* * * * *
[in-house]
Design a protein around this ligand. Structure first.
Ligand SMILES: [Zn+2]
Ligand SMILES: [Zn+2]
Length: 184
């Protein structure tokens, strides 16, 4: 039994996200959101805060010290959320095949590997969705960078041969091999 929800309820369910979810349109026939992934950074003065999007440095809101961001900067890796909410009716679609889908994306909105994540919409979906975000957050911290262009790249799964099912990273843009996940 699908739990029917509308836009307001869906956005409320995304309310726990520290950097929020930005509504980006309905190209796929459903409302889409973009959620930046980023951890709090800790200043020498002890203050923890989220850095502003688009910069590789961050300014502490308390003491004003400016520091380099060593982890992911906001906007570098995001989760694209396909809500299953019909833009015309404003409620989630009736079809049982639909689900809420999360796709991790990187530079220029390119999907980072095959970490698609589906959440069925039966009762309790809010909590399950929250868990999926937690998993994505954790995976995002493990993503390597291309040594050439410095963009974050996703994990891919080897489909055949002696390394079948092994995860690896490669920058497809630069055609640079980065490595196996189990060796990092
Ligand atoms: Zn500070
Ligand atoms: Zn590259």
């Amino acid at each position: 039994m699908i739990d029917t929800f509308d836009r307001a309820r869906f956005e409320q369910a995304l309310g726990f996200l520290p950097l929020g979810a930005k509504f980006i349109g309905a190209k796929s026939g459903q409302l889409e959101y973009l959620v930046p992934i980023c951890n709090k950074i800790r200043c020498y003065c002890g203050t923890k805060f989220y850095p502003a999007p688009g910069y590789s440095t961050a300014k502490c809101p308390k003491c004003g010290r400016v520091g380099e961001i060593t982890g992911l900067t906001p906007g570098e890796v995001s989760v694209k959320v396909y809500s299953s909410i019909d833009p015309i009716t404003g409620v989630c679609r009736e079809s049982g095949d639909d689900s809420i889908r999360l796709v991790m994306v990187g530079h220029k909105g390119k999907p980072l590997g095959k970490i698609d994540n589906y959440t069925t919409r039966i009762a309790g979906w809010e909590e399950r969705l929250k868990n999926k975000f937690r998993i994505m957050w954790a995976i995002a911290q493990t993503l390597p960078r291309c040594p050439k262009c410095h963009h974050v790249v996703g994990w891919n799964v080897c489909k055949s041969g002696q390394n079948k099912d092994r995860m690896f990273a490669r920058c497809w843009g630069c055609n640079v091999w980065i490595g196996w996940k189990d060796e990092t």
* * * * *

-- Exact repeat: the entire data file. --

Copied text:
[in-house]
Design a protein around this ligand. Structure first.
Ligand SMILES: [Zn+2]
Ligand SMILES: [Zn+2]
Length: 184
């Protein structure tokens, strides 16, 4: 039994996200959101805060010290959320095949590997969705960078041969091999 929800309820369910979810349109026939992934950074003065999007440095809101961001900067890796909410009716679609889908994306909105994540919409979906975000957050911290262009790249799964099912990273843009996940 699908739990029917509308836009307001869906956005409320995304309310726990520290950097929020930005509504980006309905190209796929459903409302889409973009959620930046980023951890709090800790200043020498002890203050923890989220850095502003688009910069590789961050300014502490308390003491004003400016520091380099060593982890992911906001906007570098995001989760694209396909809500299953019909833009015309404003409620989630009736079809049982639909689900809420999360796709991790990187530079220029390119999907980072095959970490698609589906959440069925039966009762309790809010909590399950929250868990999926937690998993994505954790995976995002493990993503390597291309040594050439410095963009974050996703994990891919080897489909055949002696390394079948092994995860690896490669920058497809630069055609640079980065490595196996189990060796990092
Ligand atoms: Zn500070
Ligand atoms: Zn590259």
């Amino acid at each position: 039994m699908i739990d029917t929800f509308d836009r307001a309820r869906f956005e409320q369910a995304l309310g726990f996200l520290p950097l929020g979810a930005k509504f980006i349109g309905a190209k796929s026939g459903q409302l889409e959101y973009l959620v930046p992934i980023c951890n709090k950074i800790r200043c020498y003065c002890g203050t923890k805060f989220y850095p502003a999007p688009g910069y590789s440095t961050a300014k502490c809101p308390k003491c004003g010290r400016v520091g380099e961001i060593t982890g992911l900067t906001p906007g570098e890796v995001s989760v694209k959320v396909y809500s299953s909410i019909d833009p015309i009716t404003g409620v989630c679609r009736e079809s049982g095949d639909d689900s809420i889908r999360l796709v991790m994306v990187g530079h220029k909105g390119k999907p980072l590997g095959k970490i698609d994540n589906y959440t069925t919409r039966i009762a309790g979906w809010e909590e399950r969705l929250k868990n999926k975000f937690r998993i994505m957050w954790a995976i995002a911290q493990t993503l390597p960078r291309c040594p050439k262009c410095h963009h974050v790249v996703g994990w891919n799964v080897c489909k055949s041969g002696q390394n079948k099912d092994r995860m690896f990273a490669r920058c497809w843009g630069c055609n640079v091999w980065i490595g196996w996940k189990d060796e990092t």